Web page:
Fifty Years of Cheap American Muscle

The Ford Mustang was once as iconic as it was affordable—a triumph of strength over luxury. Now, celebrating its 50th anniversary with sales in decline, it’s worth wondering if the era of the zeitgeist-capturing automobile is over for good.

April 17, 2014

Chris Hampton is a Toronto-based freelance writer who works mainly in arts and culture. He's a regular contributor to Chart Attack, and his work has...

The odometer on John and Lynn Ziraldo’s 1986 Ford Mustang reads four hundred and fifty some odd thousand clicks. Since buying it in ‘92, they’ve driven it through every province, territory, and state that’s accessible by road. It’s never hugged the Hāna along Maui’s jagged coast or cruised Iqaluit’s main drag, but it’s ferried to Labrador and driven in the shadows of Mount McKinley in Anchorage.

The Ziraldos and their five-litre, black ragtop are active members in The Great American Pony Drive, a club for Mustang enthusiasts who use their cars as an excuse to get together and explore every corner of North America. Last year they tripped through the Canadian Maritimes; in 2012, they drove the Mid-Atlantic States. To say they’ve fallen prey to the cult of Mustang is an understatement: this is John’s third ‘stang since buying a brand new ‘67 fresh out of college with his first pay from IBM, after which came a 1971 Mach 1 a few years later. He’s been behind the wheel of a pony nearly half his life, and he’s been a fan from the beginning: Ford unveiled the Mustang at the New York World’s Fair in Flushing Meadows on April 17, 1964, 50 years ago today. The Ziraldos are exactly the sort of people for whom the iconic nameplate’s golden anniversary is a life event.

To celebrate its 50th birthday, The Mustang Club of America is throwing bicoastal parties: one in Charlotte, North Carolina, and the other in Las Vegas. The MCA has asked The Great American Pony Drive to lead spurs from all over the continental U.S. to meet up in Norman, Oklahoma for a pre-party, from where a convoy will head out in either direction.

The Ziraldos, from Richmond Hill, Ontario, are leading the caravan driving down from Dearborn, Michigan, where the Mustang was first produced. Their short, square, powerful Fox-era Mustang heads a train of early model convertibles, late ‘60s fastbacks, New Edge Cobras, and contemporary GTs in colours with names like Samoan Coral, Pagoda Green, and Prairie Bronze. (Of course, cherry red and mean, old black are still favourites.) They’ve met up with owners from Australia and New Zealand. There’s an owner from England who’s had his ‘65 shipped to L.A. so that he can make the drive clean across the U.S.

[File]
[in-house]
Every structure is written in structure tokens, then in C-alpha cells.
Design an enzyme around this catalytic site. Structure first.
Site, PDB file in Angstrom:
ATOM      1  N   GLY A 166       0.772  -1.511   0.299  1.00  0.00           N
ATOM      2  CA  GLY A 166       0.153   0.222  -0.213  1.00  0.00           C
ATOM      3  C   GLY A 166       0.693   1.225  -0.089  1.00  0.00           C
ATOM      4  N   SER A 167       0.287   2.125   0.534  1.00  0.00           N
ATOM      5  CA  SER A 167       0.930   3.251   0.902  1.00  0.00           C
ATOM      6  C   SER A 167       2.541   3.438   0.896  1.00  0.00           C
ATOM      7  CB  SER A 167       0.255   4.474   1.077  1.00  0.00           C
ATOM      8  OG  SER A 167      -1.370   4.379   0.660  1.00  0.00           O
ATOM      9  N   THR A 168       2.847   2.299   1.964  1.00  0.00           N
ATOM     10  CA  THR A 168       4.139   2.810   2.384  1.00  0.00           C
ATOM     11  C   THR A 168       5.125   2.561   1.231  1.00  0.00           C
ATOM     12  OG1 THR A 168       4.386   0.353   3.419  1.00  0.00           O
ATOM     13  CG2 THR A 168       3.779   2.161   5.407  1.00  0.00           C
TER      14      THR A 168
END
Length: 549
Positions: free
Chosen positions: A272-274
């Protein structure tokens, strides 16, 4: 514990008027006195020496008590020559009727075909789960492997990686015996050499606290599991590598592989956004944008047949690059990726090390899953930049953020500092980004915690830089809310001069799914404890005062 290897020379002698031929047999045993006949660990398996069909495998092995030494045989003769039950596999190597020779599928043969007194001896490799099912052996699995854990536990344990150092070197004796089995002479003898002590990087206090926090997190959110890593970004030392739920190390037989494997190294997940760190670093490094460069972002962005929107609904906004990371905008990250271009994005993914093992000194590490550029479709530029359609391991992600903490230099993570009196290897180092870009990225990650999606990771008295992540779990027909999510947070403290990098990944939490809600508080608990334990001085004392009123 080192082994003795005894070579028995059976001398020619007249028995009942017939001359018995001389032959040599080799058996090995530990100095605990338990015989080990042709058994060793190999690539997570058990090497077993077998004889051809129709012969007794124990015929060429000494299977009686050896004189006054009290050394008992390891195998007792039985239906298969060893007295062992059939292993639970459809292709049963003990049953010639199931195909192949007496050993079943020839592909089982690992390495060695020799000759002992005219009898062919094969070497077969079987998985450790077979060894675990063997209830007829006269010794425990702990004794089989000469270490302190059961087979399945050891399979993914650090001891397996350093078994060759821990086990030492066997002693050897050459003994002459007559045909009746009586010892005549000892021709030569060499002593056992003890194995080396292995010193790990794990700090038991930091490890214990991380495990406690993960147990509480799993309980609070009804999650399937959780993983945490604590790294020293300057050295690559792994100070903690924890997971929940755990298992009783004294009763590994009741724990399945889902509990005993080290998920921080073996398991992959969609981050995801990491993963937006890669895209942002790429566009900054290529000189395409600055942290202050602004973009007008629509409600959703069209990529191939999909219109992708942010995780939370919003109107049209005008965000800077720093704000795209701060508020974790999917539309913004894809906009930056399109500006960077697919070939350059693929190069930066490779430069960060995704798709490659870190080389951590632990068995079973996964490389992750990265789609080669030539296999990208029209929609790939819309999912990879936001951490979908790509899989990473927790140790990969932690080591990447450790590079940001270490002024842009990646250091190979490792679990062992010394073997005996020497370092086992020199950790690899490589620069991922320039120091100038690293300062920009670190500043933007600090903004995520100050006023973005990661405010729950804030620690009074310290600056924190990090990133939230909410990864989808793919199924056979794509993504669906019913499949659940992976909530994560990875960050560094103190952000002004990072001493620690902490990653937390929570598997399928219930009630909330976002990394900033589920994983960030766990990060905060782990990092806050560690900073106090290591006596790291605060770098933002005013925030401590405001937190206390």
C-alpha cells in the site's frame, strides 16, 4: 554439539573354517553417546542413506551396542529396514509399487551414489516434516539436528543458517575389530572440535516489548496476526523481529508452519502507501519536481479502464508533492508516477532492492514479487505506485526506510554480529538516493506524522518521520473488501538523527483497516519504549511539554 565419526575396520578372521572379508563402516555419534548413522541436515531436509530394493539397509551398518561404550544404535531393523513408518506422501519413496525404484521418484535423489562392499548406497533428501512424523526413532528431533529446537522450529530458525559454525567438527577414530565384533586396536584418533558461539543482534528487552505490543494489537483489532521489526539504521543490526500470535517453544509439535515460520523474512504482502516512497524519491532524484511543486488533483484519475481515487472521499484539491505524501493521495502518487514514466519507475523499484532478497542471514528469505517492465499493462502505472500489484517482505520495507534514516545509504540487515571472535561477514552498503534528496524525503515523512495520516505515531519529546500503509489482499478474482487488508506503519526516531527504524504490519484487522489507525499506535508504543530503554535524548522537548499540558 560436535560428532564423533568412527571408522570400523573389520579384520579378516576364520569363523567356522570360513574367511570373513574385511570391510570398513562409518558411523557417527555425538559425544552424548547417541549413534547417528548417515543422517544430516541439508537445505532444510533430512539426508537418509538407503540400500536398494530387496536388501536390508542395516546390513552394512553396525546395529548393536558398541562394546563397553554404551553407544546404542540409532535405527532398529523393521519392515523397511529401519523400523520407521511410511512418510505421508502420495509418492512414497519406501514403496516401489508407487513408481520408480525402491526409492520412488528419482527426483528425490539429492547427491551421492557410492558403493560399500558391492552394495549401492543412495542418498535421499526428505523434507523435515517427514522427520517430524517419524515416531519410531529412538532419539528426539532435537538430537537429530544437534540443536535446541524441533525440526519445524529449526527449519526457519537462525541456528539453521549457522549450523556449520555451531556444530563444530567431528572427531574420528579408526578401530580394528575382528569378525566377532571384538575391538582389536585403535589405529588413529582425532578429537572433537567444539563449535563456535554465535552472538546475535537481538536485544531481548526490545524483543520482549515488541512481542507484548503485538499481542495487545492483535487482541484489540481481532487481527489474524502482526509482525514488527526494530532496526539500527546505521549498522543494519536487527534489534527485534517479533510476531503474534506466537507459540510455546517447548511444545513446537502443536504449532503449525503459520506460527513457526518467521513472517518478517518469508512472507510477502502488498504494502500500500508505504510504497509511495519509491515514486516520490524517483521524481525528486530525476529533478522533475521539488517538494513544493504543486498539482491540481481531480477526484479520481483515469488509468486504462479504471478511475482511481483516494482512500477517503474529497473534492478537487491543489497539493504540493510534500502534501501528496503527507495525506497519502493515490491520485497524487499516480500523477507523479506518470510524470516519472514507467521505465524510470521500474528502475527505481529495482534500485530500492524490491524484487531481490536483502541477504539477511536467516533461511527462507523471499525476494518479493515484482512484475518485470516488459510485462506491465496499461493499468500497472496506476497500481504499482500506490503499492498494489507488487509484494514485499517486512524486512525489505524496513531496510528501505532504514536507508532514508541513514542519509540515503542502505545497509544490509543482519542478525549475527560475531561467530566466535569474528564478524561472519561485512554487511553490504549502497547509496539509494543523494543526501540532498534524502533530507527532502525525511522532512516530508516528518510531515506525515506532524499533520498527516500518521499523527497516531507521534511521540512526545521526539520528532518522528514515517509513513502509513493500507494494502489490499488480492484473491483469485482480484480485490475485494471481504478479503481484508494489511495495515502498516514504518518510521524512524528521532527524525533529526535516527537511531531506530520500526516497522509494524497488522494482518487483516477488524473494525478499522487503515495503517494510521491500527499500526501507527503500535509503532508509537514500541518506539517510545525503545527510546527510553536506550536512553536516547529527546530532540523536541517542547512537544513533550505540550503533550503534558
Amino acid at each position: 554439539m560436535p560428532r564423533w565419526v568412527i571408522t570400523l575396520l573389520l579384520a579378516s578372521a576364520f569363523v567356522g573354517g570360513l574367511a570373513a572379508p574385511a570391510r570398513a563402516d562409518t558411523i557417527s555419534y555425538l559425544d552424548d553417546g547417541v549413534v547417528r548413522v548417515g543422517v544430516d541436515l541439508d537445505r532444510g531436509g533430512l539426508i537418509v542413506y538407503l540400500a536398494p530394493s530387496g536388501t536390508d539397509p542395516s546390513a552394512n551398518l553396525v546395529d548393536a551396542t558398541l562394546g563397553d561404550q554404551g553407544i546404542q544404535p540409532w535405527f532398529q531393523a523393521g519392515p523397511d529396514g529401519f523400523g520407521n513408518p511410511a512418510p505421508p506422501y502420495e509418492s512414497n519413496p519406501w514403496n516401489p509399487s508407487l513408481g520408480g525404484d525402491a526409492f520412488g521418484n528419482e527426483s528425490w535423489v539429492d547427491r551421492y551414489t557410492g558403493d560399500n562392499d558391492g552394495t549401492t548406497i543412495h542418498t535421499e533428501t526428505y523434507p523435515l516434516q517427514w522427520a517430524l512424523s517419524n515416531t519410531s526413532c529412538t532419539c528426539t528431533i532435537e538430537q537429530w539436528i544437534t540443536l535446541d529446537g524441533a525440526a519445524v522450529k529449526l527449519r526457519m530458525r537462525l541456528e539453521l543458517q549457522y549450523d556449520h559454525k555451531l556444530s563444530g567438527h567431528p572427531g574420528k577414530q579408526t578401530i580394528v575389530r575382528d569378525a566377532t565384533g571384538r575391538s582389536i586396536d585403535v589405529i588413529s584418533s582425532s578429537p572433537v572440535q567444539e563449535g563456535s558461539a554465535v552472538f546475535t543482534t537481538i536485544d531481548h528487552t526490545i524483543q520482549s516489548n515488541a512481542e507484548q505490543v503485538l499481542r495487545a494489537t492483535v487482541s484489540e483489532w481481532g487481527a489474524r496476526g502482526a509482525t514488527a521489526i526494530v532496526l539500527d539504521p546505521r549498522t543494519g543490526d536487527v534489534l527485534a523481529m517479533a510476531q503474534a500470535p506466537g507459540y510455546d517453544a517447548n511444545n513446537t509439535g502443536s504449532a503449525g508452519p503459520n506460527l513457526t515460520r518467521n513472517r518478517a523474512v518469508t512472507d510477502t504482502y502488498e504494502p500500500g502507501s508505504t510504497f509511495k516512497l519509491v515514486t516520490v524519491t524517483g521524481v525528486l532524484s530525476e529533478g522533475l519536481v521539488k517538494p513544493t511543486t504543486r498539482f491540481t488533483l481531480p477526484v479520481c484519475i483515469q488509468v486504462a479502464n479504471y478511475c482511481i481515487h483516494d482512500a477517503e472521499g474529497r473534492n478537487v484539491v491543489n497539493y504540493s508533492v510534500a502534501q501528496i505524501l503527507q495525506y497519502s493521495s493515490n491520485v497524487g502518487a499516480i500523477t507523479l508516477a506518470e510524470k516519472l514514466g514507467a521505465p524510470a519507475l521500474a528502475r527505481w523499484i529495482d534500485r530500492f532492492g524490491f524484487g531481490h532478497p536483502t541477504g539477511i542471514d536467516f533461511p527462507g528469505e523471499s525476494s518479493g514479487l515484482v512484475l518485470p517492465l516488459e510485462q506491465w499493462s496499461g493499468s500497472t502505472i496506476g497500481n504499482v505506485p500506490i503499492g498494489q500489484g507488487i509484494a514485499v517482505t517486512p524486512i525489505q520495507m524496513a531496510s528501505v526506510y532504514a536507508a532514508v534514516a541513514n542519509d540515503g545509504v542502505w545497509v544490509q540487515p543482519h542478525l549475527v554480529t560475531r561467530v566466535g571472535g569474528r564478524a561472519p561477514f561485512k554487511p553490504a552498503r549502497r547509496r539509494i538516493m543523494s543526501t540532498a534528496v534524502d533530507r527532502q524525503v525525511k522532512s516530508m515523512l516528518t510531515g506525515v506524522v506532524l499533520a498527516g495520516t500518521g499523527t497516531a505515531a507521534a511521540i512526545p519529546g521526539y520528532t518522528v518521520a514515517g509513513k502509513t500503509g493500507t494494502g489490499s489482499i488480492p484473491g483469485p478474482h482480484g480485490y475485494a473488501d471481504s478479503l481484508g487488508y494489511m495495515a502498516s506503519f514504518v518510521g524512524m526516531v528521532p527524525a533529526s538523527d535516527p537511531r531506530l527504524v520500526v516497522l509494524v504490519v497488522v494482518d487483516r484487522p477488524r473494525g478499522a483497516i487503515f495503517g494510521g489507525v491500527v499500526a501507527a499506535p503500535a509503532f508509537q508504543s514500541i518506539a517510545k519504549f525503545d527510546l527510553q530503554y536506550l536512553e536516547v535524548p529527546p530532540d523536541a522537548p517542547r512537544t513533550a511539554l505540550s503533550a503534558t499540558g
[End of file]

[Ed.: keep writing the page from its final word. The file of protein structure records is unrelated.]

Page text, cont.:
With stopovers first in Dayton, Indianapolis, and St. Louis on the their way to Norman, the Ziraldos take their Dearborn spur down historic Route 66—the so-called Main Street of America, one of the country’s first highways, and an important passage from Chicago to California—to soak in its distinct middle Americana. They drive through Cuba, Missouri, Route 66’s Mural City; they take photos at the World’s Largest Rocking Chair; they pull off at the Blue Whale just outside Catoosa, Oklahoma. The roadside attractions are vestiges of the sort of America the Mustang represents: strength over luxury, consistency over class, a general delight in the open road. Through every small town, the cars are an attraction unto themselves: the candy-coloured nostalgia caravan. The kids wave at them. Everyone wants to share his or her own memory of the Mustang. In this setting, the car almost seems less relevant as an icon of American design than it does as a touchstone—make-outs, street races, youth forged in sheet metal—for an entire generation, as far flung as Australia or, sure, Richmond Hill. It is, of course, both.

Few auto companies get 50 years out of a nameplate; it’s an exclusive club for bona fide legends like the Corvette, Porsche’s 911, and the Volkswagen Beetle. Still, the Mustang faces a rough road ahead. Its sales have been on a downward trend for at least the last eight years, Millennials don’t necessarily aspire to car ownership the way their parents did, and in our fast-growing cities, public transit is displacing larger numbers of private cars. Some transportation industry analysts say we’ve even reached “peak car,” and that the automobile’s demand is already receding from its all-time apex. If the Mustang can’t capture the imagination of a new generation, it might just go the same way as its aging Boomer boosters.


Jerome Malinowski teaches industrial design at the University of Louisiana at Lafayette. In a past life, he designed the American bobsled for the Calgary Olympics. Before that, he worked in the Thunderbird Preproduction Studio at Ford.

In 1961, he was tapped for a special assignment within the Corporate Projects Studio. The car they were conceiving would become the 1962 Mustang 1, the concept car that laid the groundwork for the landmark ‘64 ½ production model (“½” because it was introduced halfway through the year). If Malinowski’s responsible for anything that was adopted by the ‘64 ½—the model that caused a stir at the World’s Fair and then turned up in Goldfinger—he says it’s the car’s iconic side scoops, common to most Mustangs that have come after, as well as the three-stripe emblem, which was taken from vertical racing stripes he’d put on an early sketch of the Mustang 1.

While revellers talk about the original Mustang as a revolution and an enigma in American auto design, he sees the genealogy clearly; it’s a big part of how he understands the car’s magic. The Ford Falcon, “a frumpy-looking thing” as Malinowski calls it, sold incredibly well when it was introduced in 1960, but started to flat-line after just a few years. GM struck a hit at the same moment with their sporty compact, the Corvair Monza, colloquially called “the poor man’s Porsche.” (It’s also the car Ralph Nader sullied with Unsafe At Any Speed.) Ford needed to compete in that niche—small and sporty, but affordable—which they’d end up calling the “pony car” category. Lee Iacocca, then Ford’s vice president, had the savvy product sense to take the economical Falcon body and repackage it as something younger and sexier.